Criminals need two things to make a ransomware attack work for them; a penetrated IT security system, and inadequate or non-existent backup and disaster recovery.
Sadly, this is an all too common state of affairs, as illustrated by Garmin, the latest high-profile victim of ransomware. At time of writing, the company is slowly restoring its GPS tracker and navigation services. But it is thought to have paid up to $10m to the ransomware attackers to gain access to the decryption key, according to The Times and other reports. The company will have also suffered substantial downtime costs and possibly a hit to its reputation. No-one should blame the victim of crime. But this is a hot mess.
Ransomware is a multi-billion dollar operation in 2020 and IT security vendors are engaged in an arms race with the perpetrators. However, no IT system is 100 per cent secure. This is which is why backup and DR are required as the last line of defence.
In the event of an attack, this line of data protection should not fail. Ransomware victims need readily available backup and disaster recovery files that are uncorrupted by malware. The recovery process should enable victims to quickly rebuild clean systems.
So when it comes to ransomware, backup and recovery is last but not least. Blocks & Files has polled a group of backup and recovery suppliers for their take on ransomware defences. Our contributors are Acronis, Cohesity, Databarracks, Datto, Druva, Rubrik, Unitrends, Veeam, Veritas and Zerto. Commvault, Iland, Pure Storage, Radware and TechData also contributed. We publish their replies below.
How does a supplier protect its customers against ransomware attacks?
Acronis Candid Wüest, VP Cyber Protection Research, said: “Relying on separate backup, vulnerability assessment, patch management, remote management, anti-virus, and anti-ransomware [heuristic] requires an MSP technician to learn and maintain all of those applications. Besides, … Acronis Cyber Protect combines all of these tools into one single product with one single agent, one single management console, and one single license.”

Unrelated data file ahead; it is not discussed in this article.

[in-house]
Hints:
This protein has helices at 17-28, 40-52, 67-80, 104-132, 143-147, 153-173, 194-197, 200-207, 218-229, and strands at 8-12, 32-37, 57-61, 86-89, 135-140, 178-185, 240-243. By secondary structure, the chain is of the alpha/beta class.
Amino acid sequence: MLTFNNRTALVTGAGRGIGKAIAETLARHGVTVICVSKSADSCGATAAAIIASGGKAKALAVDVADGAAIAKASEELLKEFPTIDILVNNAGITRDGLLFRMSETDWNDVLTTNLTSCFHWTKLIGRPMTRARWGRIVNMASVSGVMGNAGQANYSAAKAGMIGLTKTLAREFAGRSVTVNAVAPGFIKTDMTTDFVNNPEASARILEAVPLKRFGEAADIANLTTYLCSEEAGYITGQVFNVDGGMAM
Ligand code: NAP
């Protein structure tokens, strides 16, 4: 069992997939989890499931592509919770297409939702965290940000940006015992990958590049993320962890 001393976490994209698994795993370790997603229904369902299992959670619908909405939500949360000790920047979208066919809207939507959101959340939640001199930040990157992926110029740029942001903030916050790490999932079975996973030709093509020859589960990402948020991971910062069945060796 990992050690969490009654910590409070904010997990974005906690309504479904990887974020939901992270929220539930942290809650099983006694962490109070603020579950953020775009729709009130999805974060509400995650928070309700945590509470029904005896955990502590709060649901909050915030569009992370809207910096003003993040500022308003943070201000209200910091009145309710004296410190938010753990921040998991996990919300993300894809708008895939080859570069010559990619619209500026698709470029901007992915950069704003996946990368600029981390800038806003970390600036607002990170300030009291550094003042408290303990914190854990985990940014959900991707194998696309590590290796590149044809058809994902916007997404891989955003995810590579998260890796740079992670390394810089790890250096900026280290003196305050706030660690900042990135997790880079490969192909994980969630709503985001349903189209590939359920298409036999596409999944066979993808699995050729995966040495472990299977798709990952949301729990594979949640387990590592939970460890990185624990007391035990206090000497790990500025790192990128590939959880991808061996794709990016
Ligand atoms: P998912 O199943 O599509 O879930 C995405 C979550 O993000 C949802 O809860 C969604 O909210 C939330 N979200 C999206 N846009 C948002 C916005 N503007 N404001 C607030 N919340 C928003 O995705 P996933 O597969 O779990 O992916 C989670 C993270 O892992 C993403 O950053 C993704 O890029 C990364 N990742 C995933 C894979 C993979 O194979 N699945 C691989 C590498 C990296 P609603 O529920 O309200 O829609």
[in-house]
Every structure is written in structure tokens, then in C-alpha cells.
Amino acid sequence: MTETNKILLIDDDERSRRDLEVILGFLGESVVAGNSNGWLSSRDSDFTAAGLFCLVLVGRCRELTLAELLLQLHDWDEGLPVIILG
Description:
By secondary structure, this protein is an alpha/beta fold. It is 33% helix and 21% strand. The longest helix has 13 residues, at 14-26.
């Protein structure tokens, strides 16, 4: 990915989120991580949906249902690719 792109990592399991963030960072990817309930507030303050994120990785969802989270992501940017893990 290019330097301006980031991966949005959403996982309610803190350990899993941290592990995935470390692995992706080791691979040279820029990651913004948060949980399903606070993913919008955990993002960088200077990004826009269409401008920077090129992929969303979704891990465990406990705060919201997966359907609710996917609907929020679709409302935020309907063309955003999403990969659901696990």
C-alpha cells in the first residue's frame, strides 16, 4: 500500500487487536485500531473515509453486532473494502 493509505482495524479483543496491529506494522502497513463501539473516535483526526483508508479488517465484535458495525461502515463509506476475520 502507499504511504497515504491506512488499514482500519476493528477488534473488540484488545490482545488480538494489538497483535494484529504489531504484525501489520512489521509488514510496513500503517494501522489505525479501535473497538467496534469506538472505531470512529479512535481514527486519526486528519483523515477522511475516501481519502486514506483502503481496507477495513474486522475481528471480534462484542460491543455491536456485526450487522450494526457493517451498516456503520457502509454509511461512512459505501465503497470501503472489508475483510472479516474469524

This sounds like an excellent idea.
Pascal Geenens, director of threat intelligence at Radware, tells us: “The most effective way to mitigate the impact of ransomware is offline backup systems, with emphasis on ‘offline’. Any online backup system is at risk of corruption or destruction by the ransomware, keeping backups offline and disconnected from the corporate network will ensure they stay tamper proof.”
He says: “Once the infection vector is identified, it is important to first close the security gap before recovering the systems. Missing this step leaves the door open to re-infection by the same or other ransomware.”
This is a good point to recognise.
Gijsbert Janssen van Doorn, Director of Technical Marketing, Zerto, told us: “The Zerto IT Resilience Platform uses Continuous Data Protection to keep data protected in real time. If – and when – a cyberattack makes it past your defences, your data can be recovered in seconds with just a few clicks.
“Zerto enables organizations to use network, journal, and IOPS statistics to determine the precise moment the ransomware became active and recover to the point within seconds before it happened. Zerto also allows you to quickly perform a failover test to see if you have the right point in time. If not, you can easily failover to a different point, and Zerto’s journal-based recovery lets you recover anything from just a few files to an entire application stack.”